Game Producing Effectively

So, as I mentioned in my previous post, I want to take a look at the chapters I had intended to read together separately as well.  In this post, I will be looking at “Habits of Highly Effective Producers” from “The Game Producer’s Handbook.”

The chapter starts off with an alphabetical list of good habits.  Admittedly, this list reads very generically, and is really good advice to anyone in any role (is there a job position where one should not “Demonstrate Professionalism” or “Meet Commitments”?).  For someone new to producing or looking at it from the outside, this advice doesn’t translate well into a tangible to do list.  However, as someone who’s produced for a little over a year now, I see what people say about producing being a very individual practice.  For myself, some of these suggestions translate into past anecdotes and specific practices I’ve adopted, but I wouldn’t be able to say that I’ve figured out the “right” way to go about everything.

Nonetheless, the latter half of the chapter does get in to more specific practices.

The first one is “Daily Delta Reporting” or what we refer to as “Dailies” at the ETC.  It is the practice of every team member reporting (either to the whole team or to management) about what specifically they worked on that day and what states those things are in, whether it be done or in trouble.  This is a staple of producing and I couldn’t imagine ending a day without knowing what happened.  It is very similar to “Dailies” in film where the crew looks at what was recorded that day.  However, film dailies are specifically a look at the collective product and how individual contributions appear in it, while game development dailies are just individual reports (there may not always be a collective product at the end of the day).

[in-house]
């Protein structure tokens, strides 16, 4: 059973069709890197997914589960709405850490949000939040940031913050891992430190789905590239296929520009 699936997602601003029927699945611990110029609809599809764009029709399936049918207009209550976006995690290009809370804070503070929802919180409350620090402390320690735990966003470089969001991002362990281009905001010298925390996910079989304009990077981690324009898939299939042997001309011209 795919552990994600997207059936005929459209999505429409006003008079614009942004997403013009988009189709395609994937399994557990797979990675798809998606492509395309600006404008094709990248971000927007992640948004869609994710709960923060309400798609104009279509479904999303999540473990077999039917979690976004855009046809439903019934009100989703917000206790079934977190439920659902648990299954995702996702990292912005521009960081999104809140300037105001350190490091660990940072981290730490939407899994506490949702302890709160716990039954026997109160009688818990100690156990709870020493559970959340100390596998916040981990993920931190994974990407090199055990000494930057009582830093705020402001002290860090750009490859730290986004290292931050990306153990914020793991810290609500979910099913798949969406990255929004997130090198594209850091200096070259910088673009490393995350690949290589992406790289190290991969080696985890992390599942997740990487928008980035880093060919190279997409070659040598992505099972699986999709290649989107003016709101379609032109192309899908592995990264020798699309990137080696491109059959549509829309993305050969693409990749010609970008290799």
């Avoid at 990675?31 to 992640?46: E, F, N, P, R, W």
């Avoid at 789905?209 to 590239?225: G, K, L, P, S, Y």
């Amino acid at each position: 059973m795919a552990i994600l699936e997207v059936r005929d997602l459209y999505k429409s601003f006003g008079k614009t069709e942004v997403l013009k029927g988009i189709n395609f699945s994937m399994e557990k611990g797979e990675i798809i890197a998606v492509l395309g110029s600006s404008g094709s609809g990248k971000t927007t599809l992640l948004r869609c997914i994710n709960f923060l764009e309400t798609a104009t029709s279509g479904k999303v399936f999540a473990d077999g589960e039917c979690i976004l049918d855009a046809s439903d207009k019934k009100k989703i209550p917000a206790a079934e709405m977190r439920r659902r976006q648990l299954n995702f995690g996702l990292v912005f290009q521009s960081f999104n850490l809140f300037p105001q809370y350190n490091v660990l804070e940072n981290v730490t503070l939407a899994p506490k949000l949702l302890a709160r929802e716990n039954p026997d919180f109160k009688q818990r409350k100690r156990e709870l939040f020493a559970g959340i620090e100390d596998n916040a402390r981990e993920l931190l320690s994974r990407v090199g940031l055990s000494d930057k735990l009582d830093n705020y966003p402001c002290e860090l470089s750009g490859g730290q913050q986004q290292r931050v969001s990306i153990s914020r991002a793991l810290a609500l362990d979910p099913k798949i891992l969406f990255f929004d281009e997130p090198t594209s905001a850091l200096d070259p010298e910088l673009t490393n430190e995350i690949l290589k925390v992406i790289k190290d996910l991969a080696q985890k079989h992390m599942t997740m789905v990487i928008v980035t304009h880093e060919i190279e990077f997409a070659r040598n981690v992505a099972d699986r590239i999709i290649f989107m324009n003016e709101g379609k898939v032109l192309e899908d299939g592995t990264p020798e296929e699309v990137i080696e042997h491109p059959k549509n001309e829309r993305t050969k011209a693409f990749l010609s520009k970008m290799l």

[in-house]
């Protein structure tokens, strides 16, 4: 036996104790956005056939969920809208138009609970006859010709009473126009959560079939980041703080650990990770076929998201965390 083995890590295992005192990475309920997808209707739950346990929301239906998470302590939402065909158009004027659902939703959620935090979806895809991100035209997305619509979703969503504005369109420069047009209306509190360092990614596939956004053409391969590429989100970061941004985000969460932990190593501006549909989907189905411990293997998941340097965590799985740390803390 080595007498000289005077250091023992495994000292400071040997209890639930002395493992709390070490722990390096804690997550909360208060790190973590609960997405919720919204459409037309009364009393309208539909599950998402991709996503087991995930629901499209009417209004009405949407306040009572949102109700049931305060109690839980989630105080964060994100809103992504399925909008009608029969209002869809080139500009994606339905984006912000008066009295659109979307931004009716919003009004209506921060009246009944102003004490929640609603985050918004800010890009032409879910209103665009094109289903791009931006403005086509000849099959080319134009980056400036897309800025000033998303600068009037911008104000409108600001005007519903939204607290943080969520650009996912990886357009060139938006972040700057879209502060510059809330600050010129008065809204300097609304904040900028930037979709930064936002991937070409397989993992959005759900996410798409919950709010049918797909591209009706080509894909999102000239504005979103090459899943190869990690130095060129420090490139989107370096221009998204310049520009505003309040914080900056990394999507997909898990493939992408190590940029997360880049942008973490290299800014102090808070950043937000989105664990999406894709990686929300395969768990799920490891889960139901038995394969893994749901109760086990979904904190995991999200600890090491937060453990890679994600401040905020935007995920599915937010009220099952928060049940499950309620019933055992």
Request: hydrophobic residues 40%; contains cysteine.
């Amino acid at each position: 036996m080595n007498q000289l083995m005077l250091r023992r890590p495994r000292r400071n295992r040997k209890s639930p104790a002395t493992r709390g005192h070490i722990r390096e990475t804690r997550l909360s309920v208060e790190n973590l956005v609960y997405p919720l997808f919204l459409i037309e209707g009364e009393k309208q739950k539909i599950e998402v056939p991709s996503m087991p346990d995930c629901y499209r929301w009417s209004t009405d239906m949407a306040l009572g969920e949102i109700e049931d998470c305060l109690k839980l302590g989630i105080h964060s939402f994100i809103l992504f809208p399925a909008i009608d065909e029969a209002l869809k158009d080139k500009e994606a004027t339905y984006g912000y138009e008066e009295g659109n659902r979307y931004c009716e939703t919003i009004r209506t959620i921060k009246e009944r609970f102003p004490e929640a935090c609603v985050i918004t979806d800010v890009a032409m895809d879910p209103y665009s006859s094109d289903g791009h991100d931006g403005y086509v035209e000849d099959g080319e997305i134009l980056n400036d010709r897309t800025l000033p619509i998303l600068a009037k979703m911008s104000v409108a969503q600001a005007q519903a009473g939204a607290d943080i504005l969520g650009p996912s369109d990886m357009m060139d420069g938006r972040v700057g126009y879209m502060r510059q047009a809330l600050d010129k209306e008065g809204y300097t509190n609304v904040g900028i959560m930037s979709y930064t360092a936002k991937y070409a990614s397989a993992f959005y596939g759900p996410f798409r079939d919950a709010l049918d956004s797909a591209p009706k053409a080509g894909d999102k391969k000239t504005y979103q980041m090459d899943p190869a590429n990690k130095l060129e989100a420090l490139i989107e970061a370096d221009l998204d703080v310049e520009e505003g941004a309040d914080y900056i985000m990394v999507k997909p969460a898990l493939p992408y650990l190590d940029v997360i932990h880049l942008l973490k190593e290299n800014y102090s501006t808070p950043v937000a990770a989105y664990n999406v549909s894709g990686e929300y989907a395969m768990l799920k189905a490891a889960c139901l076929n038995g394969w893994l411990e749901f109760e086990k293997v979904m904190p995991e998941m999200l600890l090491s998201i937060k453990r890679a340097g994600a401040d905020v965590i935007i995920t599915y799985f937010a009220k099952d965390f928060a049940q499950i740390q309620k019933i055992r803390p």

The second one is about asking clarifying questions.  This sections seems the most oddly specific, especially since being a producer in an academic setting means I’ve never had to deal with questions like “when a team member is unhappy with a raise.”  However, I really appreciate this section for giving very specific examples of how to frame questions about sensitive issues – usually in logical or resolution-oriented ways.

Further along, “Always Follow Up in Writing” is a good one.  It turns out that it isn’t just in legal situations where having exact events and responsible parties in writing is useful.  Law involves the practice of communicating very specifically, and producing also requires that – albeit probably to a not-as-exacting standard.

In “Scheduling and Rescheduling,” Dan Irish mentions specifically that he uses MS Project and Excel for schedule, a nice specific fact.

“Knowing What You Don’t Know” was a nice section to see near the end as well.  This is a fundamental problem that plagues my mind:  As the producer, I both want to defer to the expertise of those who know better than I, but I also want to know what they are talking about in detail.  I think one of the core things about being a producer is about being in control enough to know who better to put in control.

Overall, I found this chapter very relate-able since my primary experience at the ETC is also in game-production.  Maybe I’ll find out that production is not much different across industries other than the industry knowledge.

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